Establishing partnerships with universities is not always straightforward. Universities are not always willing to cooperate with industry, observes Friedrich Berschauer, chairman of Germany-based Bayer CropScience.
"It's rather frustrating because many universities, specifically in Europe, are sitting on their high horses. They believe that industry would not work scientifically."
Bayer CropScience cooperates with universities around the world, and in July signed a long-term agreement with Australia's Commonwealth Scientific and Industrial Research Organisation (CSIRO) to expand global research and development in cereal seeds and traits.
Berschauer admits that he had a similar impression of industry when he was at university in Germany, and was initially reluctant to join Bayer. "I had exactly the same mentality as many European universities," he says. Universities in the US are more open to forming partnerships with industry, he adds.
Navigating laws governing the ownership of inventions in different countries can also be problematic. Germany's "inventor law" under which ownership of inventions has to be clearly defined up front, can make it more difficult to negotiate initial agreements, says Ehrlich. She notes that up-front agreements in the US are less restrictive. "It took us almost a year to negotiate our agreements in Germany versus a few months in the US."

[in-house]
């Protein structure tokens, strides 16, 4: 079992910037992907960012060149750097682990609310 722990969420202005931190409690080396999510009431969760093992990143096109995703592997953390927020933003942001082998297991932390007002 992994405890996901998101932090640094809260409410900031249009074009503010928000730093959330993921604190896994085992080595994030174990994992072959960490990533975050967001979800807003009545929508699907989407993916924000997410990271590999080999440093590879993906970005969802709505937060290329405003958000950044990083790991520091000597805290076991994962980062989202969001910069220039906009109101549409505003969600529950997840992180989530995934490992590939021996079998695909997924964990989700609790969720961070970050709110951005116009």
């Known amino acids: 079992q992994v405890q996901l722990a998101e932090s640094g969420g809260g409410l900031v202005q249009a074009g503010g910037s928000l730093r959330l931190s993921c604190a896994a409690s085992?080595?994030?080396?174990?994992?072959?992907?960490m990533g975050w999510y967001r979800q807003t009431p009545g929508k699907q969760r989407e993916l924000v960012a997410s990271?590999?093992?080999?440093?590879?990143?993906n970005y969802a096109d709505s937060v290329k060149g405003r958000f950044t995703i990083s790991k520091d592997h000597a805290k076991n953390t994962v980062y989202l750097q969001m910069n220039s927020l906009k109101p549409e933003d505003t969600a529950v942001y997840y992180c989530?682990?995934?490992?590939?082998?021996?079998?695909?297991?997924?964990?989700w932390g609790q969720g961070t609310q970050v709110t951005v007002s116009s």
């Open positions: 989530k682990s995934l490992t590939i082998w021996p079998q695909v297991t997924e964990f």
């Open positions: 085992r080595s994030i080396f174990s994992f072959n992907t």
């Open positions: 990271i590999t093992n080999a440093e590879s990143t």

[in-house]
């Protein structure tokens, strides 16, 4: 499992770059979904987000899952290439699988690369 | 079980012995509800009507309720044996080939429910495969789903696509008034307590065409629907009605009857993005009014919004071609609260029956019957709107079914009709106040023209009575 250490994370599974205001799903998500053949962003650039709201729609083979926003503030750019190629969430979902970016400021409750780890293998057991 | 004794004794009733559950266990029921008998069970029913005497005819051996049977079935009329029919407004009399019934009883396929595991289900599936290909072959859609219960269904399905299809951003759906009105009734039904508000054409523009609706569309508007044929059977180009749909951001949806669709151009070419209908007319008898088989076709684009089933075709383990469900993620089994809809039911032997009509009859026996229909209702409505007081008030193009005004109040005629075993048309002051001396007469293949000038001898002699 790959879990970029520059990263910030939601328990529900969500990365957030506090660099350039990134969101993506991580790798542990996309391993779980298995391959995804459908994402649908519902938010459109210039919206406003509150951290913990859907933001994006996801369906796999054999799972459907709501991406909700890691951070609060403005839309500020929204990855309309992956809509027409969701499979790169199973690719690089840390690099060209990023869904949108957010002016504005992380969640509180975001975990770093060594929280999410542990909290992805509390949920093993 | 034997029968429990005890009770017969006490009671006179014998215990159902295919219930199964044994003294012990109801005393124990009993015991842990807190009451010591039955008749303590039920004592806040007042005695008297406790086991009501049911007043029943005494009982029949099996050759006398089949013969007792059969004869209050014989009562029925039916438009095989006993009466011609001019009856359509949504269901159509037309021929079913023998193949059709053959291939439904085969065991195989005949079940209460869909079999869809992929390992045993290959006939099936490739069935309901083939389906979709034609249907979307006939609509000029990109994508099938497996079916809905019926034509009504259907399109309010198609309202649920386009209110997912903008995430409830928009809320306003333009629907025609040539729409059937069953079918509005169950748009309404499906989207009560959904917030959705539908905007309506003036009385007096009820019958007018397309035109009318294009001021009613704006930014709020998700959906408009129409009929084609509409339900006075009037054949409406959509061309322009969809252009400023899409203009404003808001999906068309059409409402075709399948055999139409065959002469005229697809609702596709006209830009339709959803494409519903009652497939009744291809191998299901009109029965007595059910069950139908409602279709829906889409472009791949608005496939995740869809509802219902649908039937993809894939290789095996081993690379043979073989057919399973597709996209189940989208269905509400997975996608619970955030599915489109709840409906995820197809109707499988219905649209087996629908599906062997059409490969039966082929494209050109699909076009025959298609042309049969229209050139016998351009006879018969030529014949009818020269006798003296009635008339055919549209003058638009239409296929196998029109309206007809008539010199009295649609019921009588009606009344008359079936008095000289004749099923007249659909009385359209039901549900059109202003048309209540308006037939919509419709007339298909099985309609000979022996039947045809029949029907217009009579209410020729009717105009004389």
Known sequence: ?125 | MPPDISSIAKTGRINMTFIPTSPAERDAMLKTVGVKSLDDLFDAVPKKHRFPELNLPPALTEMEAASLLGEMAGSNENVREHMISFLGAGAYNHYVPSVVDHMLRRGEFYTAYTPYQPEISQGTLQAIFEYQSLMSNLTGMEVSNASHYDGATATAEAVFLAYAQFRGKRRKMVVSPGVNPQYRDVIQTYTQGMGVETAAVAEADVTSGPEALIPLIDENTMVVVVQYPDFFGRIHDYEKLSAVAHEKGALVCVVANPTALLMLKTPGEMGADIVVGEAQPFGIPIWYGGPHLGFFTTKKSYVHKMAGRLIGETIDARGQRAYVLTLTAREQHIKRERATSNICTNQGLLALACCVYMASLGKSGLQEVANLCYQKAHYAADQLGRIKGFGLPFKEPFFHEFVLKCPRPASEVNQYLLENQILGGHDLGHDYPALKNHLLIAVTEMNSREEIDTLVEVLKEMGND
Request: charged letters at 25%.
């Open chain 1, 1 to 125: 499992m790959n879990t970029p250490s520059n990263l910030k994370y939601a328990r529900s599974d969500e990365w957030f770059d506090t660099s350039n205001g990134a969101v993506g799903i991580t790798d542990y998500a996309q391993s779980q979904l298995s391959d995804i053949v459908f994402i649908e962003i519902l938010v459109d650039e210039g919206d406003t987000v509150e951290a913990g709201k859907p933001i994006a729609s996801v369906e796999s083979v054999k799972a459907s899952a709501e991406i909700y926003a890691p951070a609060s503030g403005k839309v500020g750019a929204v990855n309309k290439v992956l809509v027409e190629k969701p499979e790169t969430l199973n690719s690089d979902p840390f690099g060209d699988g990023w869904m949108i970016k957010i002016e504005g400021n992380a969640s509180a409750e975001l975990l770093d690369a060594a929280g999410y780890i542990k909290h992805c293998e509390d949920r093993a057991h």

Ultimately, in a global market, companies need to identify which universities have relevant strengths and capabilities in particular areas and the research has to be cost effective. This means that countries such as the UK, which historically has a strong research base, could struggle to compete with lower-cost regions such as Asia.
"If you are a company that accepts standing still isn't an option in terms of remaining competitive, then working with universities in those areas is a critical component of developing new products and processes," stresses Ehrlich. "Forming partnerships gets you there quicker. Instead of having to invent everything yourself, you bring in the experts who already have that capability."
EDUCATION & RECRUITMENT CAMPAIGN
ICIS Chemical Business's new education and recruitment campaign aims to spark interest among students in pursuing a career in the chemicals sector. The industry is not attracting enough new recruits, despite promises of lucrative salaries and global travel. Wages compare favorably with other industries, with the National Association of Colleges and Employers (NACE) in the US, for example, citing chemical engineering as the second highest-earning degree after petroleum engineering.
For decades, the industry has been blighted by a negative public image, and even though things are improving, many students still do not see this sector as an attractive career choice.
There have been efforts over the past few years to target youngsters through schools and colleges to encourage them to make this their chosen vocation, and there are initial signs that graduate chemical engineers are no longer migrating to the potentially more lucrative sectors of IT and finance, instead deciding to concentrate on their core discipline.
Schools have been striving to make science and engineering more exciting, while chemical producers are increasing investment in internships, apprenticeships and in-house training programs.